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Zumba Tips for Bad Knees

by
author image Natalie Stein
Natalie Stein specializes in weight loss and sports nutrition. She is based in Los Angeles and is an assistant professor with the Program for Public Health at Michigan State University. Stein holds a master of science degree in nutrition and a master of public health degree from Michigan State University.
Zumba Tips for Bad Knees
Even with bad knees, you may be able to attend Zumba classes. Photo Credit GeorgeRudy/iStock/Getty Images

Zumba is a group exercise program that began in 2001 and has more than 12 million participants worldwide. Its Latin-inspired dance moves and fast pace can make your workout fun and exciting, but bad knees can make Zumba painful. You may still be able to participate in Zumba if your doctor approves and if you are careful with the moves.

Background

Common causes of knee pain include arthritis, bursitis, a torn meniscus, patellofemoral pain syndrome and changing your gait to compensate for hip or leg pain, according to MayoClinic.com. If your knee pain is the result of an injury, you may be able to reduce inflammation and pain by icing your knee after your Zumba Fitness class. Some kinds of knee pain may prevent you from participating in Zumba because they require complete rest or surgery to heal. The safest approach is to get your doctor’s approval before participating in Zumba or any other exercise program.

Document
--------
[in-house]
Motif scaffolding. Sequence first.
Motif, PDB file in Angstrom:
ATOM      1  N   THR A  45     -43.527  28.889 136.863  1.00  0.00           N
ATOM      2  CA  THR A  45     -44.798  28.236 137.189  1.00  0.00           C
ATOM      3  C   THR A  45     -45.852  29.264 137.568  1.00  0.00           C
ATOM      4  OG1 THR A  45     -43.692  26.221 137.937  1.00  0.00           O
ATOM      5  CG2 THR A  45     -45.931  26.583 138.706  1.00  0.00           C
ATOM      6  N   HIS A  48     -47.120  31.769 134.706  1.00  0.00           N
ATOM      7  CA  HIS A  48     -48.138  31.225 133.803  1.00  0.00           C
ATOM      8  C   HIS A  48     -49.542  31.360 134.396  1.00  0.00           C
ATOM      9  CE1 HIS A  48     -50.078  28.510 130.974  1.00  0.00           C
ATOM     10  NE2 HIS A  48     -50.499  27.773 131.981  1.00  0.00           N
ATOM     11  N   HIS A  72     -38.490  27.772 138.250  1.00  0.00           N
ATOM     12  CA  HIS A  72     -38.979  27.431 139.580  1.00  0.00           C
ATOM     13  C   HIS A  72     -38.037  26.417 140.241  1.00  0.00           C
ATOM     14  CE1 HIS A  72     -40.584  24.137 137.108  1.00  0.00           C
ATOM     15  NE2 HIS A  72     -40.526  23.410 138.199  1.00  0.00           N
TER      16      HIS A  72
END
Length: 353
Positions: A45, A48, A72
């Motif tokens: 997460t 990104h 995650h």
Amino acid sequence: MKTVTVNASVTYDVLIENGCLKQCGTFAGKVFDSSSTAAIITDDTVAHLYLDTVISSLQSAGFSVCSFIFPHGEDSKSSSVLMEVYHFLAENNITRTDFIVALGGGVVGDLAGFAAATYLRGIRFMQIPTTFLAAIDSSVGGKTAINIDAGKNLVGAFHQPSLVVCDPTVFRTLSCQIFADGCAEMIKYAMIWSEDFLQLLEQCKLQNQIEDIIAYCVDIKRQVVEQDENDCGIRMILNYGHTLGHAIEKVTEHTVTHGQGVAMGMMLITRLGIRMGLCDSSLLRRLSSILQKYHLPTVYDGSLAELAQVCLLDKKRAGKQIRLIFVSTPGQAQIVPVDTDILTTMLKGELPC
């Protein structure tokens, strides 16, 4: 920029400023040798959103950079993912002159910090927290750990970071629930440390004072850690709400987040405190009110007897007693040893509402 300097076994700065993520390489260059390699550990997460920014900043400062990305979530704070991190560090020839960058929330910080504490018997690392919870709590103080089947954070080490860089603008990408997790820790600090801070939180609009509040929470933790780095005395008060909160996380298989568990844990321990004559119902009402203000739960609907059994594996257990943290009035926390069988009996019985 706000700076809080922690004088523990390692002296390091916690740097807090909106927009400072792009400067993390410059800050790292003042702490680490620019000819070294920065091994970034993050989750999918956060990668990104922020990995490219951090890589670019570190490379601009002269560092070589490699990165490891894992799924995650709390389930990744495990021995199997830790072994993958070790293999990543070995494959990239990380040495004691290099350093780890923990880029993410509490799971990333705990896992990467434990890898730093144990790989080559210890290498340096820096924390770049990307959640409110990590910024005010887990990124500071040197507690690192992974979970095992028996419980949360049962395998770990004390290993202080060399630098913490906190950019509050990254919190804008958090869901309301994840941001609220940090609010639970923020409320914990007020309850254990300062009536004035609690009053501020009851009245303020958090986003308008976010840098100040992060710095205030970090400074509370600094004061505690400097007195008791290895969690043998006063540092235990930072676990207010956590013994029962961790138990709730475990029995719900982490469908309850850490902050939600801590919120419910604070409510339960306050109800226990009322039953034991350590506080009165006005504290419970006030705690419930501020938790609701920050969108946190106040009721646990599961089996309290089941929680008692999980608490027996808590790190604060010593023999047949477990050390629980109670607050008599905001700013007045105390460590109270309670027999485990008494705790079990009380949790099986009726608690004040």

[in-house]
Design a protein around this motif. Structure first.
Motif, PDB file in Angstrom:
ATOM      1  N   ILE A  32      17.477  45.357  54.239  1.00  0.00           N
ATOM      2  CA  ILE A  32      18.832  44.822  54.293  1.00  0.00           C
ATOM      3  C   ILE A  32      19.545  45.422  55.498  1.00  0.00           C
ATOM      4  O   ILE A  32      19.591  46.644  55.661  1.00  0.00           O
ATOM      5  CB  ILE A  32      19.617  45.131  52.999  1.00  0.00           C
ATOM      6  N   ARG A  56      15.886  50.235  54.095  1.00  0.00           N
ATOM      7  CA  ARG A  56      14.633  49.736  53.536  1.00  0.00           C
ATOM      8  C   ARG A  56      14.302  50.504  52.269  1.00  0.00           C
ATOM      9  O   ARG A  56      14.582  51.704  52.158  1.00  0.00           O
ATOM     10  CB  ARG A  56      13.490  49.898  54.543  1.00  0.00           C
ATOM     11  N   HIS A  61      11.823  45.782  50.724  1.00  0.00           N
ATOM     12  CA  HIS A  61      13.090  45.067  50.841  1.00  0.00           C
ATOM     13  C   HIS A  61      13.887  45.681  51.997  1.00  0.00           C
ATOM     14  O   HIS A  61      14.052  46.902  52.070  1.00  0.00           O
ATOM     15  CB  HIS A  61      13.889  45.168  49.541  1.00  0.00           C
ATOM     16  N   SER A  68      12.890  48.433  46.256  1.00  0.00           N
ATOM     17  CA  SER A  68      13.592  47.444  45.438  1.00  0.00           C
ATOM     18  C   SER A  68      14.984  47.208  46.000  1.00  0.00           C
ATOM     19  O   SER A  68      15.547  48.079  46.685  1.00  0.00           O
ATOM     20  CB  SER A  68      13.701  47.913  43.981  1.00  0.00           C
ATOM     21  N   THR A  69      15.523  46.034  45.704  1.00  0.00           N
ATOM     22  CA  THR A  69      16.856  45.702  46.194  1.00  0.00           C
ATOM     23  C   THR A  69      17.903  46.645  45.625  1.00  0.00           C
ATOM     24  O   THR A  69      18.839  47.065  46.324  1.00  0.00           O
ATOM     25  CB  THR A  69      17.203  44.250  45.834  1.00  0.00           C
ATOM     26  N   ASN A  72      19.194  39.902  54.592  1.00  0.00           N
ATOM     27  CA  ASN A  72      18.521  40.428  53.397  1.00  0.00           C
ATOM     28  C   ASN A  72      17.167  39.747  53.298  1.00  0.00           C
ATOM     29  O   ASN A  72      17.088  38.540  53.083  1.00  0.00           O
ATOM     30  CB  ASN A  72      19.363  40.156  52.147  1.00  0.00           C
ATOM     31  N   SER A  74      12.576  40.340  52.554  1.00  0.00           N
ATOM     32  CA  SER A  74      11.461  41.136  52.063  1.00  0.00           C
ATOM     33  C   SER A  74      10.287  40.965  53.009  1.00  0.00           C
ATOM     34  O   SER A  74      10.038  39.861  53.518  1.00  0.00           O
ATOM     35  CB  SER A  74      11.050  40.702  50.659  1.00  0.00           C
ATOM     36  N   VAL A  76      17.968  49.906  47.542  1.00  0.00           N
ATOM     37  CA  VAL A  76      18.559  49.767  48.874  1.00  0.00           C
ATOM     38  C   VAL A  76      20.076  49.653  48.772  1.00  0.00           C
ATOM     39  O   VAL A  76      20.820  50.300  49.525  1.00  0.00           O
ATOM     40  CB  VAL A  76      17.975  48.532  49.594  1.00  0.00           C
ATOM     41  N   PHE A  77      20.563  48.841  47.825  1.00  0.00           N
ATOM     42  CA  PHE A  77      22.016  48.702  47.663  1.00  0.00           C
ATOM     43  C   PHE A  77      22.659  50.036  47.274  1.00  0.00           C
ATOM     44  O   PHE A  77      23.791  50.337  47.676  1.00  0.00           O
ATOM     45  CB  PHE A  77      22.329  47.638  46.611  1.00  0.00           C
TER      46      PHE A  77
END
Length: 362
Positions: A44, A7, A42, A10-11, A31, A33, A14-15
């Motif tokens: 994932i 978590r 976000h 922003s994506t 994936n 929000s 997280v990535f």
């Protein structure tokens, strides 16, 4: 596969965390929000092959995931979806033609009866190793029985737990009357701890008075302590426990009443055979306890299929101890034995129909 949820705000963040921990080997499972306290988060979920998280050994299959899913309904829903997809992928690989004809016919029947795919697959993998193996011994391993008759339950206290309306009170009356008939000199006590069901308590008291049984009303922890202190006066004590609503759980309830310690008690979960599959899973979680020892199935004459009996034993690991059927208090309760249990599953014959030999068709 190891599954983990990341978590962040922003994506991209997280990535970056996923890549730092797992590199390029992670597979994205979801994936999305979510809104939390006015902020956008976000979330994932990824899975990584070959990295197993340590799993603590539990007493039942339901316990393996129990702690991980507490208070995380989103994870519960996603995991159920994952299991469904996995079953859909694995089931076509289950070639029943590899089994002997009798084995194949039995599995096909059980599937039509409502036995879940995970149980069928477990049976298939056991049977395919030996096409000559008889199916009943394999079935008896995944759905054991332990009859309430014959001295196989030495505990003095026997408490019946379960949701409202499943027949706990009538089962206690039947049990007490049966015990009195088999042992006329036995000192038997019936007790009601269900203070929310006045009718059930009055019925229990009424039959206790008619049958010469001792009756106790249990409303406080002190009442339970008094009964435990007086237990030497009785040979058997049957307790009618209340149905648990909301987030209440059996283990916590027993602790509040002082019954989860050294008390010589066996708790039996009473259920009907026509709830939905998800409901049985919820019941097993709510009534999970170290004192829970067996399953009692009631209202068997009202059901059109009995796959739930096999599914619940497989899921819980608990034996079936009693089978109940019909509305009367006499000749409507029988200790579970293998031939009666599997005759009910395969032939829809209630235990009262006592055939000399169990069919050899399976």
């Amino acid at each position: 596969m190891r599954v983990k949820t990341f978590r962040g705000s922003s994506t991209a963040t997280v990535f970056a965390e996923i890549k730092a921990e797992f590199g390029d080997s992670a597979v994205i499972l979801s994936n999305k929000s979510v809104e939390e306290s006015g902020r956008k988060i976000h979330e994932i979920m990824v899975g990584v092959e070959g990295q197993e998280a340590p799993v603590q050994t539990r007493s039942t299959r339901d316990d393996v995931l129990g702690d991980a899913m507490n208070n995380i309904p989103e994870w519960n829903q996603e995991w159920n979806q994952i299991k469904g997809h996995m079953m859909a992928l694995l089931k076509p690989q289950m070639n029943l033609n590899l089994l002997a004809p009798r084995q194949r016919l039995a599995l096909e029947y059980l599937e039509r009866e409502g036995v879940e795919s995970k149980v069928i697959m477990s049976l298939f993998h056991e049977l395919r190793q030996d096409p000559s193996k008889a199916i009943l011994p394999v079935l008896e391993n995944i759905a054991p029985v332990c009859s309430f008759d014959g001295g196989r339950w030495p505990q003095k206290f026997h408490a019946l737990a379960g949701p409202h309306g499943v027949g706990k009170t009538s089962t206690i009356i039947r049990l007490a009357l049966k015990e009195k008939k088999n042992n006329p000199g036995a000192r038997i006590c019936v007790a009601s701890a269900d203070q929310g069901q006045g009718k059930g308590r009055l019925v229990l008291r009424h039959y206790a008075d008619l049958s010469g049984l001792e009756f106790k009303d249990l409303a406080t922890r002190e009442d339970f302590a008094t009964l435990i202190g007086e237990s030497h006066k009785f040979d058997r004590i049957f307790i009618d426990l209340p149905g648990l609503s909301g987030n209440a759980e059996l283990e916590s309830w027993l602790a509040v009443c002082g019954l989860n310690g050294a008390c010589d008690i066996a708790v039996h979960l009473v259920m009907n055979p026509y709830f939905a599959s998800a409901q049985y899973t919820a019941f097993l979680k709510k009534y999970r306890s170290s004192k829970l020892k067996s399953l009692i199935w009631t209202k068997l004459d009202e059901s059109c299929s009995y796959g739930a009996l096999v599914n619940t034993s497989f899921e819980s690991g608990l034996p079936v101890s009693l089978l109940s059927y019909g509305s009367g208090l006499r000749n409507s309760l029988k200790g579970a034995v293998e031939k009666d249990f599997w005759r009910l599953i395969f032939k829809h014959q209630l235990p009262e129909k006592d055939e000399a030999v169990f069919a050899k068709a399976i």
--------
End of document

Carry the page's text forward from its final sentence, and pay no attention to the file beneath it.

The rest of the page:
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Modify the Workout

Zumba Fitness promises a party-like, motivating atmosphere, and you may need to consciously hold yourself back to reduce stress on your knees. High-impact moves and sudden changes in direction may place additional stress on your knees, according to MayoClinic.com. You can reduce the stress by staying on the ground instead of jumping and by avoiding too much twisting during the dance routines. Warming up before class with some slow walking and stretching after class may prevent further damage to your knees.

Choose the Right Class

Original Zumba and Zumba Circuit are higher-intensity choices. Zumba Gold may be better if you have bad knees, because it is specifically designed to be slower and easier for baby boomers and beginning exercisers. AquaZumba, a water workout, is a non-weight-bearing alternative that does not place much stress on your knees. All Zumba instructors undergo initial certification and attend ongoing training. When choosing a Zumba class, you may want to talk to the instructor to make sure she is knowledgeable and willing to work with you to reduce knee pain.

Lose Weight

Osteoarthritis is a major cause of knee pain, according to MayoClinic.com. Zumba Toning, and Zumba Gold Toning for older adults, emphasize strength training. Strengthening your muscles may reduce knee pain from osteoarthritis. Losing extra weight can also reduce symptoms of osteoarthritis. Zumba helps burn calories, but you may need to limit the frequency of your Zumba sessions so you do not further damage your knees. Non-weight-bearing exercise, such as swimming or using a stationary bicycle, can help you meet recommendations from the Centers for Disease Control and Prevention to get at least 75 to 150 minutes of moderate to vigorous aerobic exercise each week.

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